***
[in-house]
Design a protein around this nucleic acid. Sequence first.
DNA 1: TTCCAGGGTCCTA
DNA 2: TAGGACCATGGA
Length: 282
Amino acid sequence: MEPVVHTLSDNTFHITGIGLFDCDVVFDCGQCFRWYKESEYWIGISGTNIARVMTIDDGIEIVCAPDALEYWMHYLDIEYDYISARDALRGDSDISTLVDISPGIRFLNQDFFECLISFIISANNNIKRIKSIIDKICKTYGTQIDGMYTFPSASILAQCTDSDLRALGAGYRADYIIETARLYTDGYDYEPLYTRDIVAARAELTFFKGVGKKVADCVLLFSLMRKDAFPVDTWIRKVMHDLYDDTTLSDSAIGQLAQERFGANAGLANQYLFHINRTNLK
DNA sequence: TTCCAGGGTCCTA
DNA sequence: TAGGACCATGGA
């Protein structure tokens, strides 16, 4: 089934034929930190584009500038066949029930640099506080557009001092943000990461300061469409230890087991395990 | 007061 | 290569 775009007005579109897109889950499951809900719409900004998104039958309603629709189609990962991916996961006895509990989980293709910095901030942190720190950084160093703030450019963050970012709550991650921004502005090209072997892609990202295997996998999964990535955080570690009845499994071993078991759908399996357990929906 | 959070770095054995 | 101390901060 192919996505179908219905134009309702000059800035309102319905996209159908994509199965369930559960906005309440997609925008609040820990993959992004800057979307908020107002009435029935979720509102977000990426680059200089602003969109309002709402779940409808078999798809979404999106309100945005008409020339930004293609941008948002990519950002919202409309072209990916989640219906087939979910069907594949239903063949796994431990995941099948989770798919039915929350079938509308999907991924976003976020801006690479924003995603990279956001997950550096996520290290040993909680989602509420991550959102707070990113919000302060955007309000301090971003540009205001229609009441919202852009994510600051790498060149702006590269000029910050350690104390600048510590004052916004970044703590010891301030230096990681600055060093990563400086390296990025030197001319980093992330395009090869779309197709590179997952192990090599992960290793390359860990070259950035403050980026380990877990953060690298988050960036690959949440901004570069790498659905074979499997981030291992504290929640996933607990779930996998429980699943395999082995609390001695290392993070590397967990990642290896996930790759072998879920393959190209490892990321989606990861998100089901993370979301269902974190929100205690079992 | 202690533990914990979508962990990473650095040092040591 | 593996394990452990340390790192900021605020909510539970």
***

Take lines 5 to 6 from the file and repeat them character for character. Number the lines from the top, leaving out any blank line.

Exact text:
Length: 282
Amino acid sequence: MEPVVHTLSDNTFHITGIGLFDCDVVFDCGQCFRWYKESEYWIGISGTNIARVMTIDDGIEIVCAPDALEYWMHYLDIEYDYISARDALRGDSDISTLVDISPGIRFLNQDFFECLISFIISANNNIKRIKSIIDKICKTYGTQIDGMYTFPSASILAQCTDSDLRALGAGYRADYIIETARLYTDGYDYEPLYTRDIVAARAELTFFKGVGKKVADCVLLFSLMRKDAFPVDTWIRKVMHDLYDDTTLSDSAIGQLAQERFGANAGLANQYLFHINRTNLK